[Seaside] Seaside for large, high-traffic sites.
Smalltalk at JGFoster.net
Fri Sep 11 10:42:02 UTC 2009
I seem to have gotten confused in the names. Frank is replying to
Joseph and we don't know where Joseph is located. Sorry, Frank!
On Sep 11, 2009, at 5:40 AM, James Foster wrote:
> To reaffirm Frank's suggestion, you should investigate GLASS. As to
> performance, Please see http://gemstonesoup.wordpress.com/category/scalability/
> where Dale describes his tests that handle a mean of 350 requests
> per second. As to robustness, GemStone is a very strong, industrial-
> strength database used by a number of large companies, including one
> in your home town.
> James Foster
> On Sep 11, 2009, at 4:44 AM, Frank Mueller wrote:
>> just take a look at the GLASS image of GemStone. Here you've got
>> Seaside running inside
>> GemStone/S, a mix of a great Smalltalk VM and an ODBMS. That's a
>> very powerful and convenient
>>> I have some questions about Seaside scalability.
>>> In 2008 I wrote a small webapp in Seaside and overall found the
>>> experience very
>>> enjoyable; so much so that I would prefer to do my next project in
>>> Unfortunately, due to its nature, this project will receive
>>> considerably more
>>> traffic than the last, and I am somewhat skeptical of Seaside's
>>> (and Squeak's)
>>> ability to scale.
>>> I understand Smalltalks (especially Squeak) use green threads for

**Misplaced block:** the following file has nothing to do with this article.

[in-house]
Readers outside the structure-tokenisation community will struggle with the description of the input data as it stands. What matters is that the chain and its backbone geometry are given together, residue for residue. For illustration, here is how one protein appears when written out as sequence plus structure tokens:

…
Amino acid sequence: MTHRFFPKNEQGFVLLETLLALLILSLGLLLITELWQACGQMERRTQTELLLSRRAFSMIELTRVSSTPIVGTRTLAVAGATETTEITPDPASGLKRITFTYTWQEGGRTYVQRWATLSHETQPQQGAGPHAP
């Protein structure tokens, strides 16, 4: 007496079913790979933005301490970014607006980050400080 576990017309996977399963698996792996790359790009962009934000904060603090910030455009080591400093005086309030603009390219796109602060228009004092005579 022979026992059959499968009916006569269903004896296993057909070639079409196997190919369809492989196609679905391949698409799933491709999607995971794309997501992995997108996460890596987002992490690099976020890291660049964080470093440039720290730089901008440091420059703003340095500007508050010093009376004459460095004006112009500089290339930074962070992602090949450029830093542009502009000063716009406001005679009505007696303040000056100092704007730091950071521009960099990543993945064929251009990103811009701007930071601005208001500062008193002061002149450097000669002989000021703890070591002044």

>>> so obviously a single VM process handling all of those HTTP
>>> connections would
>>> not work. Rather, the solution seems to be some sort of parallel
>>> setup with many
>>> VM processes running simultaneously, each using green threads as
>>> needed, with
>>> some load balancer in front of them. Do they share the same image
>>> (in which
>>> case, I am guessing they can't save the image), or must each have
>>> its own? Next,
>>> persistence: I need a robust alternative. It need not be a pure
>>> object database,
>>> just something with decent performance that can scale; a mature
>>> Squeak interface
>>> to an RDBMS like PostgreSQL would suffice. Additionally, I am
>>> curious about
>>> 64-bit Squeak and if it can work with Seaside.
>>> Am I setting myself up for a lot of pain, or is it really
>>> practical to use these
>>> tools with large websites? If Squeak + Seaside isn't enough, how
>>> hard is it to
>>> drop down into C for extra performance or to call out to foreign
>>> Thank you in advance.
>> ** Frank Mueller / Oldenburg / Germany
>> seaside mailing list
>> seaside at lists.squeakfoundation.org
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